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America's Farthest-Reaching Environmental Issue

December 1, 1996 |
Great Lakes Bulletin News Service

Henry Richmond, chairman of the National Growth Management Leadership Project in Portland, Oregon, believes that sprawl is the primary reason why the United States has been unable to meet what he calls "national consensus goals."

One illustration, says Mr. Richmond, is how failed land use policies have turned robust, thriving American urban centers into desolate Inner Cities. Tax policy and economic subsidies re-directed investment to the urban fringe for new roads, homes, schools, parks, hospitals, libraries, utility lines, sewers, and police and fire protection.

As jobs and middle class families left the city, the poor became marooned. Schools that once educated Nobel Prize winners began to suffer drop out rates of 50%. Joblessness led to hopelessness, drugs, and mounting crime rates, which only hastened middle class flight. This is the story of Detroit, and of many other cities in America.

Mr. Richmond argues that the pattern of subsidizing sprawl further perpetuates this imbalance. In Chicago, for example, most public and private investment has been focused on the northwest suburbs. The result, says Mr. Richmond, is that 80% of the metropolitan region's new jobs were situated in an area where just 18% of the population resides.

Such one-sided spending, with its attendant economic and social costs, is a highly expensive national mistake. From 1970 to 1990 in Minneapolis /St. Paul, 162 schools were shut down in urban and central suburban areas, while 78 brand new schools were built in the outer suburbs, at a cost exceeding $200 million. New school construction occurred even as enrollment in the entire region declined by 77,000 students.

"Land use is the sort of mystery guest at the civic table," said Mr. Richmond in an interview. "There's only a small appreciation of the impact of land use patterns on national goals. We want prosperity. We want equal opportunity, a clean environment, mobility, affordable housing, any number of things.

"Now look at the 320 metropolitan regions of the country, where 80% of the people live," Mr. Richmond continued. "Look at the development patterns of the 20,000 municipalities. Have any of those places achieved any of these goals?"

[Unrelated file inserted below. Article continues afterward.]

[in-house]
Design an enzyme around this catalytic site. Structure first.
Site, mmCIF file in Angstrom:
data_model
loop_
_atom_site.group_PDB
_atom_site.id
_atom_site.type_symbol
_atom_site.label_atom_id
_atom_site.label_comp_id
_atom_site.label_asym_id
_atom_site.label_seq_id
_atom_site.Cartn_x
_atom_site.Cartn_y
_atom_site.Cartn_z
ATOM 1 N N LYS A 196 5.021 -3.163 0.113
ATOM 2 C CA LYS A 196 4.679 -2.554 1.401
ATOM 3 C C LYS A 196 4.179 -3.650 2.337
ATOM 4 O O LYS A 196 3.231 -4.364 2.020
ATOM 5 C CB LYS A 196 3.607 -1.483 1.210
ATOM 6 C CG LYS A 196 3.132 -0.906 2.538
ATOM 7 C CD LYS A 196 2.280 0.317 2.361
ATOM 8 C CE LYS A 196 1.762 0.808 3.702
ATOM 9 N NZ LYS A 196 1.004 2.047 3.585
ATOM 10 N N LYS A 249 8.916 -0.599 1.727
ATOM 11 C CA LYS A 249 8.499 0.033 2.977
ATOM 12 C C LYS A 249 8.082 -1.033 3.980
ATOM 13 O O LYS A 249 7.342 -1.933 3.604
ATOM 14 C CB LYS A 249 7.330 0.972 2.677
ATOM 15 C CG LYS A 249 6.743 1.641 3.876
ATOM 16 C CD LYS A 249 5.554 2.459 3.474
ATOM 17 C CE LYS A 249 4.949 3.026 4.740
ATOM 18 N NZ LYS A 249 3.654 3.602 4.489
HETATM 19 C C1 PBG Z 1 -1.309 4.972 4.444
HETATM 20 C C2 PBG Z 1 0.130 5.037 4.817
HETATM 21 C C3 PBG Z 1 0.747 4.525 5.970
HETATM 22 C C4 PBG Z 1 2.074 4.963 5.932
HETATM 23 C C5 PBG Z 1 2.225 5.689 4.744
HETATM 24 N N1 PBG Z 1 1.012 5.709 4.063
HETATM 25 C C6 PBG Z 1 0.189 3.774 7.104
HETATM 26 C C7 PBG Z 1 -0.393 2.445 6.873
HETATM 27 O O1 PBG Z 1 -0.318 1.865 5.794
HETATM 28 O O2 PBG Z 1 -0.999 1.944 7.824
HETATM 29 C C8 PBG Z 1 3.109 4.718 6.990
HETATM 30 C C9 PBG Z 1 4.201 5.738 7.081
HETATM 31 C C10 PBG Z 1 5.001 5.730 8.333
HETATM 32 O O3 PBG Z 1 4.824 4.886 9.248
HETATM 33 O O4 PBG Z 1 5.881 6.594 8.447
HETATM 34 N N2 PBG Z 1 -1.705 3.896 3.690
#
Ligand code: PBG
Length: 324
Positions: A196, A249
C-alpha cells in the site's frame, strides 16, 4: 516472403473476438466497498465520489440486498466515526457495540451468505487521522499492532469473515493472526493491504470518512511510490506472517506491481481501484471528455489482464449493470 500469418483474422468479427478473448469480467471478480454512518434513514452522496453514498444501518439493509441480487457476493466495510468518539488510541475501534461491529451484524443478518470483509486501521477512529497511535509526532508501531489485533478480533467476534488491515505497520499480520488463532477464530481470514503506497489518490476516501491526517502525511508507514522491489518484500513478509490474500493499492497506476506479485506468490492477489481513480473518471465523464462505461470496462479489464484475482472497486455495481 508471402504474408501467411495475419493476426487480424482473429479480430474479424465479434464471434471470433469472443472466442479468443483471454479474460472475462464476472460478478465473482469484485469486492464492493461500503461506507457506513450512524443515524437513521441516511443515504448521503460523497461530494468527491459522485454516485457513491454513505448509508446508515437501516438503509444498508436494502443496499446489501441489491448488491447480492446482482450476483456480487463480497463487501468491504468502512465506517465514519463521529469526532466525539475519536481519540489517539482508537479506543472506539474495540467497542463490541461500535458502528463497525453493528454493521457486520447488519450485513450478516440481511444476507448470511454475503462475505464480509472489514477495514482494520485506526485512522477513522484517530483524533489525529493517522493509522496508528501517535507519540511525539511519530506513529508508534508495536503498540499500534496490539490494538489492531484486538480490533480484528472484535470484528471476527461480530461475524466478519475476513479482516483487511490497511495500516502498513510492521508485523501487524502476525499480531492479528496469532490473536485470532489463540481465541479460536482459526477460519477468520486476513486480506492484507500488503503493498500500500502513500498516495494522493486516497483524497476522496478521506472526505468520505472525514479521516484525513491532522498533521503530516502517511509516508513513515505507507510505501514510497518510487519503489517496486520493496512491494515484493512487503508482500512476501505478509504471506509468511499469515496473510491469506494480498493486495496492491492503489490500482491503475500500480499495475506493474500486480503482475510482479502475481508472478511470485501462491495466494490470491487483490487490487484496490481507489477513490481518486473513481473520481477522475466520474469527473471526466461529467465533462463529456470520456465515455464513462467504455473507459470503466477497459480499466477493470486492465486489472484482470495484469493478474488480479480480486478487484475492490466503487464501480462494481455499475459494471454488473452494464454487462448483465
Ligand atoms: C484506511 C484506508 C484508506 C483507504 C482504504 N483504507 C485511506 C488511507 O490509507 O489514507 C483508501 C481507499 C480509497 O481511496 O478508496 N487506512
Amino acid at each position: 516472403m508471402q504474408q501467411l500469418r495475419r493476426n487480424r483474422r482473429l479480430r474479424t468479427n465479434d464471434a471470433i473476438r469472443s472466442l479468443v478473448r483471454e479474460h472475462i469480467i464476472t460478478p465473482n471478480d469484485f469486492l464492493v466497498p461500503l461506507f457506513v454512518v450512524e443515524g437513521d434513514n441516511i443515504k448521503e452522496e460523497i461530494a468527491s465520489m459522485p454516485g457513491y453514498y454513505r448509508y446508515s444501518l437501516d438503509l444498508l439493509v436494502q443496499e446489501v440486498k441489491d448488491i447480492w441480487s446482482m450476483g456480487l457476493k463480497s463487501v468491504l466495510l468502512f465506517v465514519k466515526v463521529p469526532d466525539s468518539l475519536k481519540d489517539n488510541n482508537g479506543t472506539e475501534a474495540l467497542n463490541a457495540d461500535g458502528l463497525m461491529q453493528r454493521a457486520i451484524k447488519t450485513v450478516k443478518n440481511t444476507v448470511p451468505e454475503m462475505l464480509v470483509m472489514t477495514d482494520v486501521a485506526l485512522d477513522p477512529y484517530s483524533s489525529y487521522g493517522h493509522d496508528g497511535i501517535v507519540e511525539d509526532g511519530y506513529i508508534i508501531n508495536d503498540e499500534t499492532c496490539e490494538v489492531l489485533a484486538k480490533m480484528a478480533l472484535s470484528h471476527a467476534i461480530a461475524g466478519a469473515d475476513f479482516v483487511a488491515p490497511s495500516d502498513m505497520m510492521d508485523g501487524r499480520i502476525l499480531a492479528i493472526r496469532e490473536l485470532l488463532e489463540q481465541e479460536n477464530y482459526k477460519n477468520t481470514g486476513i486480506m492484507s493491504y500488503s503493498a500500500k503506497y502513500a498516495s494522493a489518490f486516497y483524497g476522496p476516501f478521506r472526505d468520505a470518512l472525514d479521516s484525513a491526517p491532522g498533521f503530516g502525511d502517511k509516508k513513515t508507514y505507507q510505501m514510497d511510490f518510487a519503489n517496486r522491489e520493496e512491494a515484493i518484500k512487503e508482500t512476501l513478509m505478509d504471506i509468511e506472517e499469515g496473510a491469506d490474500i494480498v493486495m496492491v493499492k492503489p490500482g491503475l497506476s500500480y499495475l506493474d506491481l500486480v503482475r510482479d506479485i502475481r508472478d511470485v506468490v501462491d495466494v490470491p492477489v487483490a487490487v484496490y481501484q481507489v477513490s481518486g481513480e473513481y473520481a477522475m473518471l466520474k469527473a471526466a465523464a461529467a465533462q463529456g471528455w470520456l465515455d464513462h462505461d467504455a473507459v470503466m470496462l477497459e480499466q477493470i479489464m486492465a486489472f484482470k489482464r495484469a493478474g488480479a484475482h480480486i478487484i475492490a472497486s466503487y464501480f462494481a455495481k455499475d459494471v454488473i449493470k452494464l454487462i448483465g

Americans are coming to recognize and fear the distinctive soul-numbing symptoms of runaway development. The grass roots work to curtail sprawl is providing a new integrated thesis to explain the nation's vexing economic and social problems that for too long have been regarded as unsolveable. It is becoming clear that the intensifying discussion about sprawl has the potential to reshape environmentalism, public policy, community, and democracy in America.u

Upcoming issues of the Great Lakes Bulletin will focus on positive alternatives to sprawl that provide economic opportunities, preserve the countryside, and create pleasant places for people to live and work.


"As freeways and arterials have become our main source of transport... As warehouse-sized big box retailers have supplanted the local grocery and hardware and toy store and bakery and appliance store... As cul-de-sacs have widened, and the garage entries have gone from two to three cars... As our hottest building sectors have become prisons and gated communities...We've been losing our venues for connecting as human beings. We've been losing a sense of where we are, why we belong in a place, who's around us, and why we should even care about where we hail from."

~ Jim Sayer Executive Director of the Greenbelt Alliance, a land use research group in San Francisco

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